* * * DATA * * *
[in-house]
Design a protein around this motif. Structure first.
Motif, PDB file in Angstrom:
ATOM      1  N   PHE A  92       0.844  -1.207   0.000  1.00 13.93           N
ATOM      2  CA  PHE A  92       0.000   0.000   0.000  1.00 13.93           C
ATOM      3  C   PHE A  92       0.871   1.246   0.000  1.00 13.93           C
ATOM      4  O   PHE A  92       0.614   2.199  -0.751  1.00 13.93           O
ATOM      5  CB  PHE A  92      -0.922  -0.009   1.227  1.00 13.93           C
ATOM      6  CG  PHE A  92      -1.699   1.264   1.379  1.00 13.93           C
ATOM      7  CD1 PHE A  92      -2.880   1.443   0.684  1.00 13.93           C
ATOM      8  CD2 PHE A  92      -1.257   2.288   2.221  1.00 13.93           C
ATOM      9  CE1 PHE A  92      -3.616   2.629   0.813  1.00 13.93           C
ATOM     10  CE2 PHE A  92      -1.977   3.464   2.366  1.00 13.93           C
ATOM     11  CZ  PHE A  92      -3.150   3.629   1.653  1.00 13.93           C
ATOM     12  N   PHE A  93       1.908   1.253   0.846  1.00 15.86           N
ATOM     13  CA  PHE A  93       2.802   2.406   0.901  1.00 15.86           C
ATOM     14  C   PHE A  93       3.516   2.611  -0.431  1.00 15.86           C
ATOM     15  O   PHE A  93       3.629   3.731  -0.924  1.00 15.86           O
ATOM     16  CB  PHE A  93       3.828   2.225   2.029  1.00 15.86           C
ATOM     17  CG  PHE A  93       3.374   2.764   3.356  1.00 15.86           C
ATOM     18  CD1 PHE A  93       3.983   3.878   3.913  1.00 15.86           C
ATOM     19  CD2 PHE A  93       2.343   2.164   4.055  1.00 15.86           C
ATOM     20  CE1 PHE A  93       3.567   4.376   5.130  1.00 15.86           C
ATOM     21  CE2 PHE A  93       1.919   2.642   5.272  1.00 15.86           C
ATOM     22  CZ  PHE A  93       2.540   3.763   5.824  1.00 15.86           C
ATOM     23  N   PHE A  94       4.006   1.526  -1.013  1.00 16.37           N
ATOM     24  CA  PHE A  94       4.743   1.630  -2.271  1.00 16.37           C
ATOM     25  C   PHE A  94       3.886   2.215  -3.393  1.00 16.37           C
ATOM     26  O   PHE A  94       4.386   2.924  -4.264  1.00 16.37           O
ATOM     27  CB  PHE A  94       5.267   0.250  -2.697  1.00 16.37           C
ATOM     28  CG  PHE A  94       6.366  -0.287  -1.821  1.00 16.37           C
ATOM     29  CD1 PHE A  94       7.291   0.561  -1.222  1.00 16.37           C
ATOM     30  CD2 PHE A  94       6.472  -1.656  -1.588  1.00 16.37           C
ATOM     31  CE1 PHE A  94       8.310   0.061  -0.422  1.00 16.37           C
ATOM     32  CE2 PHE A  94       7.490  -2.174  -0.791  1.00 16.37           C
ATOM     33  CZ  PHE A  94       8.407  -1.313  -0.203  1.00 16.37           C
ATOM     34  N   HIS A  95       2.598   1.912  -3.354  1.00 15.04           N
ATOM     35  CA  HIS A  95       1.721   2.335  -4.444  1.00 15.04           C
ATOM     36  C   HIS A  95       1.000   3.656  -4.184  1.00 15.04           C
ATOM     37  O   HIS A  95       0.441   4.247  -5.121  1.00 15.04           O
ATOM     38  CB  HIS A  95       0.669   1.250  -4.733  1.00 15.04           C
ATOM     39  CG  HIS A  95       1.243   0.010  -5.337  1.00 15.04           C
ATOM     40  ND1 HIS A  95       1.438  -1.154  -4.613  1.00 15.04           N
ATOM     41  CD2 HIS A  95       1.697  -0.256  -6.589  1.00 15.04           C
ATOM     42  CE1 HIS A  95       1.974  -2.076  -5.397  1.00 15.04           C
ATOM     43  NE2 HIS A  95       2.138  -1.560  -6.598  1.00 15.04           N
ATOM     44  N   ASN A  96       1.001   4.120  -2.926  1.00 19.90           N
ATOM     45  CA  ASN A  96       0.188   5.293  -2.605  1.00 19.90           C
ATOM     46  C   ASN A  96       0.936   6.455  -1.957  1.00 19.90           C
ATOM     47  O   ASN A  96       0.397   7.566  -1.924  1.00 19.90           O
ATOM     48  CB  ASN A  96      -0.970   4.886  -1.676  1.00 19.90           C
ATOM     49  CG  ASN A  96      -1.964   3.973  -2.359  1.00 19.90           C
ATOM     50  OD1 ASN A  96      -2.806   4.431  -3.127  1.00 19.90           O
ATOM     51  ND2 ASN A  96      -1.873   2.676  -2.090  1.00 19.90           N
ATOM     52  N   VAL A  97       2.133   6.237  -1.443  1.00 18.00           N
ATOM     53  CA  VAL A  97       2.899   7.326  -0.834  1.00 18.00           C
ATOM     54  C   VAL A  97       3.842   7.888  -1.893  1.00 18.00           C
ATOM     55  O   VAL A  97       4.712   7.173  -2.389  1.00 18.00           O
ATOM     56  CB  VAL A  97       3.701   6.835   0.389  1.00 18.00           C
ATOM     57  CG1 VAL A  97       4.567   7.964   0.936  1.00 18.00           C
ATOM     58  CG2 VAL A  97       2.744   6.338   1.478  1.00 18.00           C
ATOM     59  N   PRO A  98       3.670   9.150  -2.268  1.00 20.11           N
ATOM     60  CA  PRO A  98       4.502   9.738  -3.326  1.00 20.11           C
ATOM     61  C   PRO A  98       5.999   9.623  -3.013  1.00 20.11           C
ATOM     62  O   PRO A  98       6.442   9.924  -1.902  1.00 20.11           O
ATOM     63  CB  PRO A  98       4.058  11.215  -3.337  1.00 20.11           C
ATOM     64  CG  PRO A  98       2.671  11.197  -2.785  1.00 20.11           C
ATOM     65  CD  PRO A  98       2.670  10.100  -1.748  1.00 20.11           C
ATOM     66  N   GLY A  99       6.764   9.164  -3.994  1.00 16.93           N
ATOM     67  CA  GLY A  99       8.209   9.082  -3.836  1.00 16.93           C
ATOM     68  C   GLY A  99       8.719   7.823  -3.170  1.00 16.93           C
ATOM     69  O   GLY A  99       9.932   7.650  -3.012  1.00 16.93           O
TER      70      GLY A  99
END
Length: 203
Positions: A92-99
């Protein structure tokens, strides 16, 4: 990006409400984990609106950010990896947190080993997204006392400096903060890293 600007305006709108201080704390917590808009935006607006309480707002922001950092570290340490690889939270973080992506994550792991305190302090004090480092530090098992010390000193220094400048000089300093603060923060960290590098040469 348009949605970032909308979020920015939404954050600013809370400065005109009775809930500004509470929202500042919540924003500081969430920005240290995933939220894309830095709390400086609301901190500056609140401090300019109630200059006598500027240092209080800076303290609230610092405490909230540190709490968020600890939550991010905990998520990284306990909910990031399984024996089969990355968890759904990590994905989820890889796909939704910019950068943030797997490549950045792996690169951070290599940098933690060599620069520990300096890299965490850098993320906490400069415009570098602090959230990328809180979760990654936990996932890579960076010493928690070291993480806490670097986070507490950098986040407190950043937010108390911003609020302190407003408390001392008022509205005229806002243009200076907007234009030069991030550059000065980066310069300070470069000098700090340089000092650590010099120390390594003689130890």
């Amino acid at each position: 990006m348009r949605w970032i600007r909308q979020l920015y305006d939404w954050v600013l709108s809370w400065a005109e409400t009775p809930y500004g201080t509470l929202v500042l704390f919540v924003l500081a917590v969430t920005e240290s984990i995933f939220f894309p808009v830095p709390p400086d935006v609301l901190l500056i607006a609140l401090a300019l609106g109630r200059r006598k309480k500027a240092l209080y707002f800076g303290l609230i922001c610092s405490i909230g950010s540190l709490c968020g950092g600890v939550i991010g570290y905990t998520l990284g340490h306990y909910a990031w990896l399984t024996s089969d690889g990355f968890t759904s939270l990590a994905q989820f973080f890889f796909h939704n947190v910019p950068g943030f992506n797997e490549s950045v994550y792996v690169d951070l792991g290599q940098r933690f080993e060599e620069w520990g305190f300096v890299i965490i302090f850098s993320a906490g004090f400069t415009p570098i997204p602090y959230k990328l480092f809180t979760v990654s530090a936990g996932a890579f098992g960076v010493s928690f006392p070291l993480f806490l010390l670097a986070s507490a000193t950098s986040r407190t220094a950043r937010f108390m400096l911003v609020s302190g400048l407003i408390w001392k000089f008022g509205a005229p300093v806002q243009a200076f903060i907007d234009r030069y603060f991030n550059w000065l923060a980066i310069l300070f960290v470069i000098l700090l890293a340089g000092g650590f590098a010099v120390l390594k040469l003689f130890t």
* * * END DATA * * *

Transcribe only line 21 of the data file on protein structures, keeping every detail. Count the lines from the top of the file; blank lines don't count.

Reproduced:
ATOM     18  CD1 PHE A  93       3.983   3.878   3.913  1.00 15.86           C